If UConn could stop Spring Weekend, it would. Since that’s not possible, school officials are asking students to avoid Spring Weekend activities and plan to keep non-students off campus for the three days.
The university released a report on Thursday about efforts to de-escalate the enormous party.
One recommendation is for students not to be allowed to have guests stay in dorms during the traditional three-night event or for non-students to use UConn dining halls.
“I particularly endorse, and urge all members of the University community to support, the recommendation that we ask students to engage in a voluntary moratorium on Spring Weekend in 2011,” Philip Austin, interim president of UConn, said in a statement released on Thursday. “The safety of our students is paramount, and I believe we must do everything we can to eliminate the risk of violence during the particular weekend in question and throughout the year.”
The report comes after a year in which UConn junior Jafar Karzoun, 20, was brutally assaulted outside a restaurant on North Eagleville Road just beyond the edge of campus shortly after midnight on Friday, April 23, 2010. It happened after an off-campus gathering at the Carriage House apartment complex.
Eight days later, on Saturday evening, May 1, he died.
A 19-year-old man, a non-UConn student who was in Mansfield to attend Spring Weekend, was arrested and later charged in Jafar’s death.
“Spring Weekend is a case of thousands of people gathering against the university’s wishes, not the university inviting thousands to gather. It must be understood that if there were any realistic, practical way for the university to end Spring Weekend outright, then it would have done so many years ago,” the report said. “This is especially true in the wake of the most recent Spring Weekend.”
UConn has had a “Spring Weekend” since the 1960s and it has grown from a small gathering of mostly UConn students to a three-night party with thousands of non-students traveling to attend.
In 50 years, the task force said, Spring Weekend had become “vast, unwieldy, unpredictable and dangerous.” Efforts to provide alternatives to drinking have not worked, the task force said, so they are recommending that there be no activities at all on campus during the traditional Spring Weekend.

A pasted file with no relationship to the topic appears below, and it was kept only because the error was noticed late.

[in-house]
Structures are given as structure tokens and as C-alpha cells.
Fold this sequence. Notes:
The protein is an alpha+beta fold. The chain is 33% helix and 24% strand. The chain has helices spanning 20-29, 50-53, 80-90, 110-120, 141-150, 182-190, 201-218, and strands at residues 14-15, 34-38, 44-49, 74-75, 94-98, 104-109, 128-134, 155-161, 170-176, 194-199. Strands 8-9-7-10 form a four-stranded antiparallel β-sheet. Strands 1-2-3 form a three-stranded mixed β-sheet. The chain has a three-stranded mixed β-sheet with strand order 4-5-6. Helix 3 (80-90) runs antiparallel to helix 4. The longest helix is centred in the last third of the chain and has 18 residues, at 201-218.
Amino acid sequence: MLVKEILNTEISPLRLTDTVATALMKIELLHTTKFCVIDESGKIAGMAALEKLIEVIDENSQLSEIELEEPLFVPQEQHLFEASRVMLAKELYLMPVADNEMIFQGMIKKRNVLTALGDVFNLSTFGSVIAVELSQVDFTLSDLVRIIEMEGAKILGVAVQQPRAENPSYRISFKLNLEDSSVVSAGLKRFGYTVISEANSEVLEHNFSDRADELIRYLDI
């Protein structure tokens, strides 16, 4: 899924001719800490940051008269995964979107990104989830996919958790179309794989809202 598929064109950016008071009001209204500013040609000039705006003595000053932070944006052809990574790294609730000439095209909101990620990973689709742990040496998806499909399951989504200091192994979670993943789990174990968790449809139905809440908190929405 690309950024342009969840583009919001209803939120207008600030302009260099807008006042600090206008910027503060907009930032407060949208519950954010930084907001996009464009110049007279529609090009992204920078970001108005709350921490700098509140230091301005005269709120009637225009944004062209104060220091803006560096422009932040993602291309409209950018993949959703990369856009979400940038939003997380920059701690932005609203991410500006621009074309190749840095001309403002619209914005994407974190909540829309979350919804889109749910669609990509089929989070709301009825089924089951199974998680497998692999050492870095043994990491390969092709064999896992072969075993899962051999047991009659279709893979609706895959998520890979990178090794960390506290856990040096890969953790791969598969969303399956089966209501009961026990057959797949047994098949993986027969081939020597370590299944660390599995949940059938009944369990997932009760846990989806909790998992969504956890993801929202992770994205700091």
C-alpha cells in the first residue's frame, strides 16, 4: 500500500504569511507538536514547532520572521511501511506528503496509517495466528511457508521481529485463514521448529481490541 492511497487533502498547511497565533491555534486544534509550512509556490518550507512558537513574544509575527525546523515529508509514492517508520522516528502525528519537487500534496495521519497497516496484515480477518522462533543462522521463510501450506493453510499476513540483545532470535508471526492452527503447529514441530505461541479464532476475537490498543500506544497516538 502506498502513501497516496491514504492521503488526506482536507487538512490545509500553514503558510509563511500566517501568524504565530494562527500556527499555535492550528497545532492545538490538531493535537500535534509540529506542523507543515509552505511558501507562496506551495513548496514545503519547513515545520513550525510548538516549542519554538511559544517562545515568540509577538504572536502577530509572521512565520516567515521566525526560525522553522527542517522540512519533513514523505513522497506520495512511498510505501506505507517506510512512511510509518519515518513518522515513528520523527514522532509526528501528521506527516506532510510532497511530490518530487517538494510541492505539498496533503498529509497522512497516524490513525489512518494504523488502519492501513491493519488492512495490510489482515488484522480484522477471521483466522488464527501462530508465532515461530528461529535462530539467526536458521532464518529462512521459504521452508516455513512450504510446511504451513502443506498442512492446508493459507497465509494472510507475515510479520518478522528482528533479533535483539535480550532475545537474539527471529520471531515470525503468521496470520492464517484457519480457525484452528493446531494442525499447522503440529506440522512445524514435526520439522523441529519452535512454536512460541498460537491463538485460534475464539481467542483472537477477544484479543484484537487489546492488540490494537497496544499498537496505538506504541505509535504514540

Last year, UConn and state police arrested made than 100 people on charges ranging from narcotics to weapons possession to assault. Most people arrested and those seeking medical assistance are from off-campus, the task force said.
The task force acknowledges that school officials and emergency personnel cannot forcefully stop people from gathering, so the better option is to discourage non-university students from attending the non-sanctioned events.
“The fact remains that thousands of individuals are going to attempt to gather for Spring Weekend whether the university wants them to or not. Much about UConn has changed in the last 12 years, but there is no reason to believe that the dynamic between revelers and law enforcement would be any different now than it was in 1998,” the task force said. In that year, the university closed X-Lot and a major altercation between partiers and law enforcement broke out.
You can read about that here.
The task force also recommends aggressively working to prevent non-students from gaining access to campus or nearby off-campus complexes to participate in Spring Weekend.
The task force is also proposing a voluntary moratorium on Spring Weekend in 2011 in light of the deaths of Jafar Karzoun and Jasper Howard, a UConn football player killed outside a campus event in October.
“In recognition of these losses, we recommend that students be asked to not participate in any Spring Weekend activities out of respect for their late classmates. All students who are able to should be encouraged to return home for the weekend. Students who celebrate Easter can take advantage of the fact the holiday weekend falls on what has traditionally been the Spring Weekend period this coming year,” the task force recommends.